Katrina Zimmerman is a science and technology teacher at Turrentine Middle School in Burlington, North Carolina. Zimmerman spearheads STEM (science, technology, engineering and math) at her school and is creating a whole new curriculum for it. She began using the Literacy Design Collaborative (LDC) strategies in February 2015, adding it as a curriculum tool for her classroom.
Quinton A. Granville was a seventh-grade social studies and reading teacher for Atlanta Public Schools when this blog entry was written. He is now a literacy consultant at SREB.
Quinton Granville has been using the Literacy Design Collaboration framework in his seventh-grade classroom for nearly a year. He says he’s come a long way since he was introduced to LDC through a districtwide initiative.
Why did the deer cross the road? The usual answer to the joke is “to get to the other side.”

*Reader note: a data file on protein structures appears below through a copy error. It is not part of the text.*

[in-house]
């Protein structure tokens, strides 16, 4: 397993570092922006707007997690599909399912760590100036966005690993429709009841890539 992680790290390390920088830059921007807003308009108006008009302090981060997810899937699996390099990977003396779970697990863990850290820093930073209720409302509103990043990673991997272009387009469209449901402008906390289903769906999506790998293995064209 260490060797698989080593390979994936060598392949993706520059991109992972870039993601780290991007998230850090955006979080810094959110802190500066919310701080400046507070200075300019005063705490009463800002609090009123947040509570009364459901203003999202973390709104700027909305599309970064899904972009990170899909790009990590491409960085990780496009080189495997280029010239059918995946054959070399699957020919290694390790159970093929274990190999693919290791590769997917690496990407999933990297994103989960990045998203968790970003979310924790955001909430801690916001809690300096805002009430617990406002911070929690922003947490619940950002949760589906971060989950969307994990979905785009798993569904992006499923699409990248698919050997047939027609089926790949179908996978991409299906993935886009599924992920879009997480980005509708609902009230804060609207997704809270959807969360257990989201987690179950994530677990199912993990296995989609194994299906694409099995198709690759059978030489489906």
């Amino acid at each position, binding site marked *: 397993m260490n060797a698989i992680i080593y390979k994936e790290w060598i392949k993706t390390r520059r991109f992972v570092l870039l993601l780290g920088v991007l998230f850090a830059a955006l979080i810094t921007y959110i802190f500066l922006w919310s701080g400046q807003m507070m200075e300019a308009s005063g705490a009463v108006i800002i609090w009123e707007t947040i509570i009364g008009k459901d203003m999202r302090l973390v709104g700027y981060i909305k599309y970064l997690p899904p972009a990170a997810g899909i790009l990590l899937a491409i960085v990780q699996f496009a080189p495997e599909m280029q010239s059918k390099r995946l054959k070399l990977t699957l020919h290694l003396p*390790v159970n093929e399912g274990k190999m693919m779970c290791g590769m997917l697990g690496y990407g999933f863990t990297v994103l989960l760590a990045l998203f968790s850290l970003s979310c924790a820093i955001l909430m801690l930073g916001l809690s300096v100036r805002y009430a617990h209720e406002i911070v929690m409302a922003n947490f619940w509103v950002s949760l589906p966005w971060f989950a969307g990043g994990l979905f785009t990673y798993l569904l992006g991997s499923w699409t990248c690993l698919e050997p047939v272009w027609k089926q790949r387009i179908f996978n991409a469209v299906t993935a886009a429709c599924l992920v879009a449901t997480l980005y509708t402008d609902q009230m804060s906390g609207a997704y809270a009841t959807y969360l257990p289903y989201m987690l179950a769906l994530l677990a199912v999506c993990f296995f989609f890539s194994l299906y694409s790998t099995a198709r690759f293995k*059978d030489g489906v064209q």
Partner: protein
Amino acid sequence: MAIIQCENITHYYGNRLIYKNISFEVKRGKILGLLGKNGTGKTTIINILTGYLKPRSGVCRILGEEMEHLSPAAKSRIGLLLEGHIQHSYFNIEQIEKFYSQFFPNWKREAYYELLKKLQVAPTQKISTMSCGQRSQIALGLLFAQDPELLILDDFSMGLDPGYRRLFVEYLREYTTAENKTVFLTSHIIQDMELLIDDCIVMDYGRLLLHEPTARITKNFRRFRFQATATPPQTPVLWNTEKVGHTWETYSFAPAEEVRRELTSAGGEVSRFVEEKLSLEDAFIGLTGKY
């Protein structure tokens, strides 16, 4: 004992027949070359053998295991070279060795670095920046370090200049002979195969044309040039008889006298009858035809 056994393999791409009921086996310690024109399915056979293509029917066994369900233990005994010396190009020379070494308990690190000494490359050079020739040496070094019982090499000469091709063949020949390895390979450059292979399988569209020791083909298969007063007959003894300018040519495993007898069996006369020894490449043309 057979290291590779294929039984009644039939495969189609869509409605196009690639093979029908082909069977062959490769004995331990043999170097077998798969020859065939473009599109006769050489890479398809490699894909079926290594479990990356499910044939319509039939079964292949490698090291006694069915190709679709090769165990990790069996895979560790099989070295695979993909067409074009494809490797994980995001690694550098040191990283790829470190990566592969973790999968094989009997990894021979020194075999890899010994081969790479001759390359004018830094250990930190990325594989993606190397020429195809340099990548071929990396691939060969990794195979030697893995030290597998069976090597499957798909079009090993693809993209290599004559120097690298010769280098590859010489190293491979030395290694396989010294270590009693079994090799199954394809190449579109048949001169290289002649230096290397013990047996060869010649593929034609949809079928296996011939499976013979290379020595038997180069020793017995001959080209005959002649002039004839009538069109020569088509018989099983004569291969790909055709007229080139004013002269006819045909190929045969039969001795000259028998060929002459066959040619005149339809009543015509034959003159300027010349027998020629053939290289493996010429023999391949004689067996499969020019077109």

That question serves as a prompt for seventh-grade science students to start looking for answers through data-driven research and in-depth writing. Their teacher, Reese Woytek at Slocomb Middle School in Geneva County,Alabama, is using the instructional framework of the Literacy Design Collaborative (LDC). He received his LDC training in 2015. The Southern Regional Education Board is training teachers across Alabama, and Woytek’s experience is a perfect example of how LDC strategies can change teacher focus and impact students.
Nationwide, students in the middle grades and high school are failing to develop the reading and writing skills they need in order to meet higher academic standards. This major new SREB report on adolescent literacy discusses the urgency of the problem in depth and presents specific solutions for SREB states based on the recommendations of the SREB Committee to Improve Reading and Writing in Middle and High Schools, chaired by Governor Tim Kaine of Virginia, the SREB Board chair. The report includes a message from SREB President Dave Spence and status reports on recent state actions on the issue.